Seed maturation: developing an intrusive phase to accomplish a quiescent state
Open Access | Published: 1 August 2005
Jesús Vicente-Carbajosa* and Pilar Carbonero
Laboratorio de Bioquímica y Biología Molecular, Departamento de Biotecnología-UPM, ETS Ingenieros Agrónomos, Madrid, Spain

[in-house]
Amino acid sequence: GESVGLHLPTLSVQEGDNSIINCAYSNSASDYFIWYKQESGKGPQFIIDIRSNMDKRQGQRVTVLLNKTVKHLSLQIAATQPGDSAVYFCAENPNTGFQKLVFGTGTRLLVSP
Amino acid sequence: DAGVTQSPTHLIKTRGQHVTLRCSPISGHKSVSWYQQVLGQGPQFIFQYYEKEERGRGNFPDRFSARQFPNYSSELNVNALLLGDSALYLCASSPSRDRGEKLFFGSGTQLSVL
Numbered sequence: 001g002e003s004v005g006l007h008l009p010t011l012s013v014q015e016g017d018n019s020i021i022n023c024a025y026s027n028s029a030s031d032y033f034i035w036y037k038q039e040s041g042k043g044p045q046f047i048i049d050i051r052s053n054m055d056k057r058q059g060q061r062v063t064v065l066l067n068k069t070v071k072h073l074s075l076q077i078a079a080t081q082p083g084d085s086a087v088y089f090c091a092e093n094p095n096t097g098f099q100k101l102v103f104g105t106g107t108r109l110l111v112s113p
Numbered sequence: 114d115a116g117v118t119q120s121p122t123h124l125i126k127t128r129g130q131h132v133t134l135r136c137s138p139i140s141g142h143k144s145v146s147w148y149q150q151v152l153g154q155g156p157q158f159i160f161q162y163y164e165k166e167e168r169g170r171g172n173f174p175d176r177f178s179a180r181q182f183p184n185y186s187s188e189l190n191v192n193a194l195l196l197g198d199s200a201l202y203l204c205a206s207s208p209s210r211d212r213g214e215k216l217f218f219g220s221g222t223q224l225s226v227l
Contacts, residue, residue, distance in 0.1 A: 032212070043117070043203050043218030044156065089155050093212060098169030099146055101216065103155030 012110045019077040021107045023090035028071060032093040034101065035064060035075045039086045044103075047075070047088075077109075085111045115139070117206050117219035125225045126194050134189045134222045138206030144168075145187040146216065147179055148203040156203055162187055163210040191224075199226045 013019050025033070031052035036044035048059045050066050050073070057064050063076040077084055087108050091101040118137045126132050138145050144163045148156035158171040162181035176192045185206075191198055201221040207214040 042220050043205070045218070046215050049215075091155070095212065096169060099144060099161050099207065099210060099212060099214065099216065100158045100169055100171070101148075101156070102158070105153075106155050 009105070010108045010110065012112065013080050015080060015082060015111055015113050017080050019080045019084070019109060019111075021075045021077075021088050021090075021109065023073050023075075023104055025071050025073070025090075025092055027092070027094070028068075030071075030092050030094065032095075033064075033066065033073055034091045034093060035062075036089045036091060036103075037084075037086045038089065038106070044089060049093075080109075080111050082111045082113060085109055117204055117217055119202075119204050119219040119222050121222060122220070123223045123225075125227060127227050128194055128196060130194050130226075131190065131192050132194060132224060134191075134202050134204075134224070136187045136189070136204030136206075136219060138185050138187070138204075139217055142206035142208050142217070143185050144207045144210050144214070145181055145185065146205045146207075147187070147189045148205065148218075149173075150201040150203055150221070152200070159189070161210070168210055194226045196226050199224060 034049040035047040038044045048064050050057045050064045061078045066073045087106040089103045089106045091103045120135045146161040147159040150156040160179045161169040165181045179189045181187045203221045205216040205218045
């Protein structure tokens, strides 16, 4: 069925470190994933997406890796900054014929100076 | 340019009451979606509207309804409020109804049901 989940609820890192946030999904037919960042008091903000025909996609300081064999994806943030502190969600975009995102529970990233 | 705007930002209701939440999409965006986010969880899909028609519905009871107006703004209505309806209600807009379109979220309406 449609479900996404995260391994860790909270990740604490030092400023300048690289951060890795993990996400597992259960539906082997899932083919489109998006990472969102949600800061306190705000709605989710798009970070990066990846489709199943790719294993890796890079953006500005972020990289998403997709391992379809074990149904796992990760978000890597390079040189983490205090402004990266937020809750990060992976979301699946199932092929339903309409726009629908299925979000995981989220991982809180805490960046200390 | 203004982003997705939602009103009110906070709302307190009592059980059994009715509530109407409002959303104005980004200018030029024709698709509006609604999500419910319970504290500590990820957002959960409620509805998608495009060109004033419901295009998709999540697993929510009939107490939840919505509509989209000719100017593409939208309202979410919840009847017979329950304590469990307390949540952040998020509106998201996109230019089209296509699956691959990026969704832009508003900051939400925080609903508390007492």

Plants, as sessile life forms, have evolved diverse mechanisms to circumvent unfavourable growth conditions, among them interruption of the life cycle is one of the most successful strategies. During seed formation, embryo development can proceed through a maturation phase that allows the entry into a quiescent state and represents an evolutionary advantage, since it facilitates dispersal and resuming of growth under optimal environmental conditions. In the maturation phase different gene expression programmes devoted to the accumulation of storage compounds, acquisition of desiccation tolerance and entry into quiescence occur, which are highly coordinated and under fine regulatory control. This paper is focused on recent findings related to central transcription factors which regulate gene expression during maturation. The structure of established regulatory networks is presented based on extensive gene promoter analyses and the characterisation of mutants affecting seed development and maturation. Different aspects of gene regulation both in the embryo and endosperm are covered and comparisons between monocot and dicot species on the basis of current knowledge of the system are also presented.